Around 1993, the style became clearly defined and was simply named hardcore, as it left its influences from Detroit techno.[13]

Paul Elstak, the founder of Rotterdam Records.

The official birth of the hardcore is supposedly[12][14] known from the release of the track "We Have Arrived" by the German producer Mescalinum United, of Frankfurt.[10][15] Trauner founded the label Planet Core Productions in 1989 and has produced more than 500 tracks, including 300 by himself until 1996.[10] Another important name of the hardcore scene was PCP: Miroslav Pajic, better known as Miro. His group PCP popularized a slow, heavy, minimal and very dark form of hardcore that is now designated as darkcore or doomcore. In the United States, the New York pioneer of techno Lenny Dee launched the label Industrial Strength Records in 1991[15] that has federated a large part of the American scene, making New York one of the biggest centers of early American hardcore. Other American producers on the label included Deadly Buda and The Horrorist, but the label has also produced producers from other nationalities. At the same time in Rotterdam, the DJs and producers Paul Elstak[16] and Rob Fabrie popularized a speedier style, with saturated bass-lines, quickly known as gabber (now called early hardcore), and its more commercial and accessible form, happy hardcore[15][17]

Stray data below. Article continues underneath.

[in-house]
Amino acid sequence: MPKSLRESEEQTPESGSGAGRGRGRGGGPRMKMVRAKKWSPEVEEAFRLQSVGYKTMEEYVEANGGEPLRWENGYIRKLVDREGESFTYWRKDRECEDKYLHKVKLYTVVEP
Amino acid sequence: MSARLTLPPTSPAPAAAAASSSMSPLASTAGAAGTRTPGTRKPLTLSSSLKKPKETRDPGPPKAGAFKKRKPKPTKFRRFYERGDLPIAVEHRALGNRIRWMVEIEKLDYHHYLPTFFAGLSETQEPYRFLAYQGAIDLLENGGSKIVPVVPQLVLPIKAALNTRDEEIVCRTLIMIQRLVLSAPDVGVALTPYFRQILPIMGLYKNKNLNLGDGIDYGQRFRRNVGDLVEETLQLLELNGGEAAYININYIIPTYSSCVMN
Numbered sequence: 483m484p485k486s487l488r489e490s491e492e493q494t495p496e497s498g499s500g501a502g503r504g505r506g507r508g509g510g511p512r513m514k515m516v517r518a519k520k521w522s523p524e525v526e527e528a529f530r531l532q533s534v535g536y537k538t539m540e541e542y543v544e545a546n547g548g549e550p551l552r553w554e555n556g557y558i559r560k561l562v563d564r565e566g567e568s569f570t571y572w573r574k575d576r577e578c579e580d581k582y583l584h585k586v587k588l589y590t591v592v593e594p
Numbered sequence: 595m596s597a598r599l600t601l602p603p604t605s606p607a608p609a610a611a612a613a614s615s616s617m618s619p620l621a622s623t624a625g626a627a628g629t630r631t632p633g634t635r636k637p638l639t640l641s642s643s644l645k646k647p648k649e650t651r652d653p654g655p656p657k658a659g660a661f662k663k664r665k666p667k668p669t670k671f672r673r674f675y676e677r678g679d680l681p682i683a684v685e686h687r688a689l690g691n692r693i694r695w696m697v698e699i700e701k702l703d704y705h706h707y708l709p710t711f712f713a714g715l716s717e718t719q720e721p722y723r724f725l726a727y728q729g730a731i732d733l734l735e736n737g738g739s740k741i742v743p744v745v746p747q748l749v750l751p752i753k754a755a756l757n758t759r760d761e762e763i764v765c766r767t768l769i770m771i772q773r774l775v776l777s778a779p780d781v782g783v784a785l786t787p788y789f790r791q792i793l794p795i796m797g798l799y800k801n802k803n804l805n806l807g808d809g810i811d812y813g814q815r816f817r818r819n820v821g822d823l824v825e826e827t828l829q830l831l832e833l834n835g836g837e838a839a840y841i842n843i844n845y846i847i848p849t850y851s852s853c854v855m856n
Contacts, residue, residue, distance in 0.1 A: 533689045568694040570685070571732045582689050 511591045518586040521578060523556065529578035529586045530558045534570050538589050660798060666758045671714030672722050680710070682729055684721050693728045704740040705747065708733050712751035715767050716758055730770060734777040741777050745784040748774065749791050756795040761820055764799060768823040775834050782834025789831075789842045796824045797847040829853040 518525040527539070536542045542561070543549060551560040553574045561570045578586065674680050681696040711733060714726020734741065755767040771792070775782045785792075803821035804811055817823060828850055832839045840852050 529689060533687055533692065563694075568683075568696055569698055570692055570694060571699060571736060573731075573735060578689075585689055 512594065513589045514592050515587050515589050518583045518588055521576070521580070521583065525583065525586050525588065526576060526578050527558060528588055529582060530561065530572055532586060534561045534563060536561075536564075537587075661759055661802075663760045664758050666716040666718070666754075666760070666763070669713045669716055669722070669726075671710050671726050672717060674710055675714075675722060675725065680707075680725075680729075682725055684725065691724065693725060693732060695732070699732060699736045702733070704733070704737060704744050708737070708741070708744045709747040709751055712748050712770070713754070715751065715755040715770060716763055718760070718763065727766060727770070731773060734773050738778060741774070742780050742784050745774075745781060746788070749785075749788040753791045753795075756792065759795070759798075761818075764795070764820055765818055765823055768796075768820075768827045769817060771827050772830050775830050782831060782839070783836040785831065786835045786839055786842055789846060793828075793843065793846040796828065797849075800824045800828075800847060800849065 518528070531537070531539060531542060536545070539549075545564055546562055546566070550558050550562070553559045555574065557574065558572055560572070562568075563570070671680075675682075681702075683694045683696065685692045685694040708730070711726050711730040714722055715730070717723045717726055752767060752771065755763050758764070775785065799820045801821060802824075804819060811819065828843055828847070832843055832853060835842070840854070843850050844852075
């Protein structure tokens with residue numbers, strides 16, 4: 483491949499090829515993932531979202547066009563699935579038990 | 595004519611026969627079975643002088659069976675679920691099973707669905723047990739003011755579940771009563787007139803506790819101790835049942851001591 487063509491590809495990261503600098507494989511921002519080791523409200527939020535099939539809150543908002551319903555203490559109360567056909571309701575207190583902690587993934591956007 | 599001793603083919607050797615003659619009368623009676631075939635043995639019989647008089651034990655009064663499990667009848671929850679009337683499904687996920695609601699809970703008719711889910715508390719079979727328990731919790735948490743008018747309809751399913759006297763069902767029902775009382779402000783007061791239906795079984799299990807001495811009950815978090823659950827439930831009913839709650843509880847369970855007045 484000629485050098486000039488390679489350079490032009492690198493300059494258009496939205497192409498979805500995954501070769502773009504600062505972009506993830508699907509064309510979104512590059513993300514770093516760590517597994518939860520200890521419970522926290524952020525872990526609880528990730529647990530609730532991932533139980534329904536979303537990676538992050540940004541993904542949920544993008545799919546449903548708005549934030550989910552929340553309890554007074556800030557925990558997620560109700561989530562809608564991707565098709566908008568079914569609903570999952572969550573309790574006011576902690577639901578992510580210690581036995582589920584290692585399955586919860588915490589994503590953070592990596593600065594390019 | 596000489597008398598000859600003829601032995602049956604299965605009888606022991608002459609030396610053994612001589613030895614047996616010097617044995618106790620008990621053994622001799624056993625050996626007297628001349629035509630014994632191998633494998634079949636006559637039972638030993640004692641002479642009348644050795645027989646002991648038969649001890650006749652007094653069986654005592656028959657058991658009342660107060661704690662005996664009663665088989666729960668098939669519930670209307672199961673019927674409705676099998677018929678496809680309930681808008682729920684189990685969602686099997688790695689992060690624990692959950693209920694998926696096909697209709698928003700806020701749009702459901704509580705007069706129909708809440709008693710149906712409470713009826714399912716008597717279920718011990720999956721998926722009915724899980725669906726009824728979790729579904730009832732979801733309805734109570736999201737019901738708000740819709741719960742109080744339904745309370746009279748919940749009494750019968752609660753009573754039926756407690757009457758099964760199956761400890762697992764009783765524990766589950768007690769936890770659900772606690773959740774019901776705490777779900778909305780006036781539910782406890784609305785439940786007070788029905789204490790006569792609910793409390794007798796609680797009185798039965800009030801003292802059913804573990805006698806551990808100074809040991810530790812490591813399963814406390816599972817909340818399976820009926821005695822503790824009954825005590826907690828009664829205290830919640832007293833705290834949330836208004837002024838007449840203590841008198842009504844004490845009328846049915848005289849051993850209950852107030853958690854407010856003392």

Paul Elstak founded Rotterdam Records in 1992, which became the first hardcore label in the Netherlands.[18] In 1992 at Utrecht, a large rave called The Final Exam[19] led to the creation of the label ID&T. Launched in 1993, the concept of Thunderdome quickly popularized hardcore music in Europe with a catalogue of CD compilations and events, attracting thousands of young people that launched the gabber movement. Just during the single year of 1993, four compilations were released with increasing success.[20][21][22][23][better source needed] Many artists on the compilations have become well-known figures in the scene, notably 3 Steps Ahead, DJ Buzz Fuzz, The Dreamteam, Neophyte, Omar Santana, and Charly Lownoise and Mental Theo in the gabber/happy hardcore registry. The same year, the label Mokum Records is created[15] by Freddy B who has had success thanks to artists and groups like Technohead[24][25][26][27] Tellurian, The Speedfreak, Scott Brown,[28] and the Belgian musician Liza N'Eliaz[29] pioneer of the speedcore.